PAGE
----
Beginning on January 1st, California and Illinois-based employers are no longer allowed to demand access to the password protected social networking accounts of employees. The prohibition extends to requests for any non-publicly available information from employees, job candidates, or students. A new Michigan law that went into effect in December penalizes educational institutions for expelling or denying admission to students who refuse to share private account information regarding private email accounts and social network profiles.
Publicly posted social networking is not covered under the new laws and employers are within their rights to access such information when making employment decisions. Employers argue that access to social media accounts is necessary as a matter of corporate security and legal liability, but employees counter that such requests are blatant invasions of privacy. As more employers began implementing policies demanding passwords to personal Internet accounts, legislators also began creating new laws to protect employees from being fired or refused employment for denying access to private accounts.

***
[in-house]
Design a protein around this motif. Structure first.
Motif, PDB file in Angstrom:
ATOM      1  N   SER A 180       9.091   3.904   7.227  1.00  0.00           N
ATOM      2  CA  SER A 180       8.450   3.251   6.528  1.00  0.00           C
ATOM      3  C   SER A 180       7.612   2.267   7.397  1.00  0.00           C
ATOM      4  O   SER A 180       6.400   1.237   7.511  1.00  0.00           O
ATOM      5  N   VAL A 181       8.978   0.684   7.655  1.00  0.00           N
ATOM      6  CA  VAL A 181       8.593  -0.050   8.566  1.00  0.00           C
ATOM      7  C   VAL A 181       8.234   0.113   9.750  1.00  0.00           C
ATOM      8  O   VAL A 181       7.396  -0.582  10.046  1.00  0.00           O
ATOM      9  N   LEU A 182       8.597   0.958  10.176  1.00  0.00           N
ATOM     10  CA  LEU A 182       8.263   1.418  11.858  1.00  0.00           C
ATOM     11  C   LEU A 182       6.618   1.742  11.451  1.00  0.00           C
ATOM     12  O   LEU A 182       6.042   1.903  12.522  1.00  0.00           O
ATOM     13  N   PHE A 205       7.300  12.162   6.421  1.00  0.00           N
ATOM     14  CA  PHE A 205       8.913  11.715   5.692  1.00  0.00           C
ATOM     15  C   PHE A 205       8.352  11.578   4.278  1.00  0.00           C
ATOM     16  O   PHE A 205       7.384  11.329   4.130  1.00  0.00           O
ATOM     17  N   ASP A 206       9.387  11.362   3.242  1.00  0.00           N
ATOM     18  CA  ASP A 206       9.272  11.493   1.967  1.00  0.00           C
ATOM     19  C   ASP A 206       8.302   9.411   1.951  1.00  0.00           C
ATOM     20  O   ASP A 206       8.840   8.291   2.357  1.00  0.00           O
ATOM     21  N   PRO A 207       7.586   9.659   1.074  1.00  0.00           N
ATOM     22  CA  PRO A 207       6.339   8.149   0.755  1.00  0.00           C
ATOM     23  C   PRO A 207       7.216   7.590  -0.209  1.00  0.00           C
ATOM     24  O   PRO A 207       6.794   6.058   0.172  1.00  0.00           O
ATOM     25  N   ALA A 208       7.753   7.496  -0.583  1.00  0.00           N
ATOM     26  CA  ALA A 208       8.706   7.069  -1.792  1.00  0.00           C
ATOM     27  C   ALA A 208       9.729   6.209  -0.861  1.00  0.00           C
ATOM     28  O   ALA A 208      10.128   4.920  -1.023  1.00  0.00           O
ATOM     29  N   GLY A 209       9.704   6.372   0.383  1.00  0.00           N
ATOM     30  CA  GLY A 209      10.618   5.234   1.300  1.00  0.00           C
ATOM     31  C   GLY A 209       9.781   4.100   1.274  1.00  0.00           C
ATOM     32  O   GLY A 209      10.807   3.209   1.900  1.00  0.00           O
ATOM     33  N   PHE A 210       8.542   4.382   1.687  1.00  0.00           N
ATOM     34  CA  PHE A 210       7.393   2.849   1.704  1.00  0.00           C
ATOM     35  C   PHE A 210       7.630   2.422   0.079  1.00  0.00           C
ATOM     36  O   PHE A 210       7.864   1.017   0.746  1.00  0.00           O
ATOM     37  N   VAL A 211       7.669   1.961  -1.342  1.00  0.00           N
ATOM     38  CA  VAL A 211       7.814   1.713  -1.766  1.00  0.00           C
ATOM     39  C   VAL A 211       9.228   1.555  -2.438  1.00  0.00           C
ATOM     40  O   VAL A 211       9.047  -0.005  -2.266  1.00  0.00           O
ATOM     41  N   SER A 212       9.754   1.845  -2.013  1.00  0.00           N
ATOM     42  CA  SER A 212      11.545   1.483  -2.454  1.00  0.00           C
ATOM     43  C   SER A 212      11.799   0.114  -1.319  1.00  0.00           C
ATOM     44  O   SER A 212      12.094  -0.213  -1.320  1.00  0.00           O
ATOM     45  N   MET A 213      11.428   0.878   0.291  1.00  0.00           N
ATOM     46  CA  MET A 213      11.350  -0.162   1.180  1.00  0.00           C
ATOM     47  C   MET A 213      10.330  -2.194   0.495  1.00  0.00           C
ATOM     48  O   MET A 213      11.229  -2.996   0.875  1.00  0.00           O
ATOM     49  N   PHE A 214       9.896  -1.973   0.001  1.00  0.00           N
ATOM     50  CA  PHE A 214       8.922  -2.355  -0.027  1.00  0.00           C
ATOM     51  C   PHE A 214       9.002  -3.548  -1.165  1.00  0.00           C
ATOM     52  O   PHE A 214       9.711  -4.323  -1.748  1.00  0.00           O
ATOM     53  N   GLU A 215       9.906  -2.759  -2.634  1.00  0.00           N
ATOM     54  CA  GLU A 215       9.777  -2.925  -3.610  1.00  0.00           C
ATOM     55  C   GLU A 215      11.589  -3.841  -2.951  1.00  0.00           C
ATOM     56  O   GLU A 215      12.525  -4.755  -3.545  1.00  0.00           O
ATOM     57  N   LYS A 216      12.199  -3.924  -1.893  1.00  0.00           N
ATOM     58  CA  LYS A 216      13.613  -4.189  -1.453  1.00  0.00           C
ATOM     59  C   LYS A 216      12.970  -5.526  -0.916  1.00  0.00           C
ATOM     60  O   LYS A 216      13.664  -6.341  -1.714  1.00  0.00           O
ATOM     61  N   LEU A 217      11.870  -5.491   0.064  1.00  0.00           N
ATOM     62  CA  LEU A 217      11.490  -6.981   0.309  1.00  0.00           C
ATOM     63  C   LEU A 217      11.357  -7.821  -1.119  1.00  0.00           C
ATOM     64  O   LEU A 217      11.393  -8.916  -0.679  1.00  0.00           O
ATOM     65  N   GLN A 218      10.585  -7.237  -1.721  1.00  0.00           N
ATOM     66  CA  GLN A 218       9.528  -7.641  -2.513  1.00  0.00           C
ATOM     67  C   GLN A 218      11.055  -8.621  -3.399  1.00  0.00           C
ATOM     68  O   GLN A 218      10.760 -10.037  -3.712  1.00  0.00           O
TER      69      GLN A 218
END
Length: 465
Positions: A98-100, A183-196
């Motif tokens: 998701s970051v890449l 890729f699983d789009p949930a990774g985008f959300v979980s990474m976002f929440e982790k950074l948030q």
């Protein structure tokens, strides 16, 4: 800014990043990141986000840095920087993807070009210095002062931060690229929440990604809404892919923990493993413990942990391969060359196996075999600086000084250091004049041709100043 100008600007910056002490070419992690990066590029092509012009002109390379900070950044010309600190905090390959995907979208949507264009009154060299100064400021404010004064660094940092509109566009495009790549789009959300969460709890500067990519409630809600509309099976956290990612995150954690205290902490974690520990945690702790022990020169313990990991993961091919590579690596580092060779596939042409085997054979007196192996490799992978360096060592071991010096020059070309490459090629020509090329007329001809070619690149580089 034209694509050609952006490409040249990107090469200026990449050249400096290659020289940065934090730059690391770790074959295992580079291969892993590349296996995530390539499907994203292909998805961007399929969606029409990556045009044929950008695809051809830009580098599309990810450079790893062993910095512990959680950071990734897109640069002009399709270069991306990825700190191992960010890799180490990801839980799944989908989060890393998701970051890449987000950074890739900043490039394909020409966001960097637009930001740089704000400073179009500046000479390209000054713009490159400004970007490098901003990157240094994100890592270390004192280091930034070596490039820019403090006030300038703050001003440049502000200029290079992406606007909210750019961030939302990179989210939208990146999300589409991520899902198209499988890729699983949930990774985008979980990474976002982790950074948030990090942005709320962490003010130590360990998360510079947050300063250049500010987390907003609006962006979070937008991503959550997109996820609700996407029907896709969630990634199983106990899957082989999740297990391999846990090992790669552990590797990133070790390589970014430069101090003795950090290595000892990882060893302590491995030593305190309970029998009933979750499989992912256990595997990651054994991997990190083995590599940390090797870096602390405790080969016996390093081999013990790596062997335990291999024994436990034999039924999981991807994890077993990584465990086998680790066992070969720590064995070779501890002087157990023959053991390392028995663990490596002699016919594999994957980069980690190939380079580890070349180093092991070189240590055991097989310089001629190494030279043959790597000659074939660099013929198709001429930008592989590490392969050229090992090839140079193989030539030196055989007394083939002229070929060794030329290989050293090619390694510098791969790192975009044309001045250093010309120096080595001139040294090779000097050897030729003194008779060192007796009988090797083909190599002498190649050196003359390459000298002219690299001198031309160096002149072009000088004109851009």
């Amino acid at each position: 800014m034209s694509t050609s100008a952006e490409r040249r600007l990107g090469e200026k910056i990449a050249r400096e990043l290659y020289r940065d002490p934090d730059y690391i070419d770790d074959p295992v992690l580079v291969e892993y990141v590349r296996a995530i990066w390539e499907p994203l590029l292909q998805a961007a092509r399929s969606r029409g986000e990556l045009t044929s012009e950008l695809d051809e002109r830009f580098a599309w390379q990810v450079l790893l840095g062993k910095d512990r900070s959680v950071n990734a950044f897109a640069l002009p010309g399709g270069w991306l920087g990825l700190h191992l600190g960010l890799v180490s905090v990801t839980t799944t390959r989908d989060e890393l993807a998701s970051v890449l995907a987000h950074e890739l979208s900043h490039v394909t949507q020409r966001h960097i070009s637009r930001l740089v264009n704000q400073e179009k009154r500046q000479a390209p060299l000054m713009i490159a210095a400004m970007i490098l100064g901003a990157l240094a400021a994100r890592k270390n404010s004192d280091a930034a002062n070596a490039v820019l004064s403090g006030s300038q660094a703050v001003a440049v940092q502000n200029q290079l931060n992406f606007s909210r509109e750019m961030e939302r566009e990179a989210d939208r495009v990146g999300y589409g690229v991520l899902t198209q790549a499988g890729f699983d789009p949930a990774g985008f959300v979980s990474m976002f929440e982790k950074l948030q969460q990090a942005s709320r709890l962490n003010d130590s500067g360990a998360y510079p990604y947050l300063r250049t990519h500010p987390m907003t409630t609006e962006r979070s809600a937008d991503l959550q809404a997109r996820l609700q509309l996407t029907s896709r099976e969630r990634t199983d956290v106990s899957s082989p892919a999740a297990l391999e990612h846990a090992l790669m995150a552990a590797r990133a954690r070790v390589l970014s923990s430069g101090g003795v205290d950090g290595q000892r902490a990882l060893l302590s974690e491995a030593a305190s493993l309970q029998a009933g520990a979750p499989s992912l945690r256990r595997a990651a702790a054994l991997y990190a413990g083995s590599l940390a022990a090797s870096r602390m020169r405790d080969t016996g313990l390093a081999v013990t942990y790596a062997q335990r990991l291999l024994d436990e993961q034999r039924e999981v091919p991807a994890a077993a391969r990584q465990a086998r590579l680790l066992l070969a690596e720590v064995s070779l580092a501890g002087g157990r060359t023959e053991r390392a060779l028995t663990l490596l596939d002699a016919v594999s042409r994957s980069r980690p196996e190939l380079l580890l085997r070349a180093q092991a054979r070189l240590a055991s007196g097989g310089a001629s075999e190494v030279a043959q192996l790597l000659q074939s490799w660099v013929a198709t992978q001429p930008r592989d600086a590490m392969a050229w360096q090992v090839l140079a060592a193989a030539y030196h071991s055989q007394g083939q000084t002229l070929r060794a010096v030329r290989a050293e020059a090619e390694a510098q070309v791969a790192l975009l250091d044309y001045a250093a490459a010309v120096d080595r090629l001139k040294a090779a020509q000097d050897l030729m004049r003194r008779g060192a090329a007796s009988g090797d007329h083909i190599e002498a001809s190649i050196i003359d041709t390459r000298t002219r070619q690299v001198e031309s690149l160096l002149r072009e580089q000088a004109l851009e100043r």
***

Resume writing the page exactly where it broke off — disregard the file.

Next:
Many public colleges and universities have also begun requiring access to private data as a prerequisite to admission or continued enrollment. California, Illinois, and Michigan are just the newest three states to enact legislation protecting the privacy rights of employees and students from what is frequently being viewed as an abuse of power and an invasion of privacy. Other states with similar laws already on the books include Delaware, Maryland, and New Jersey.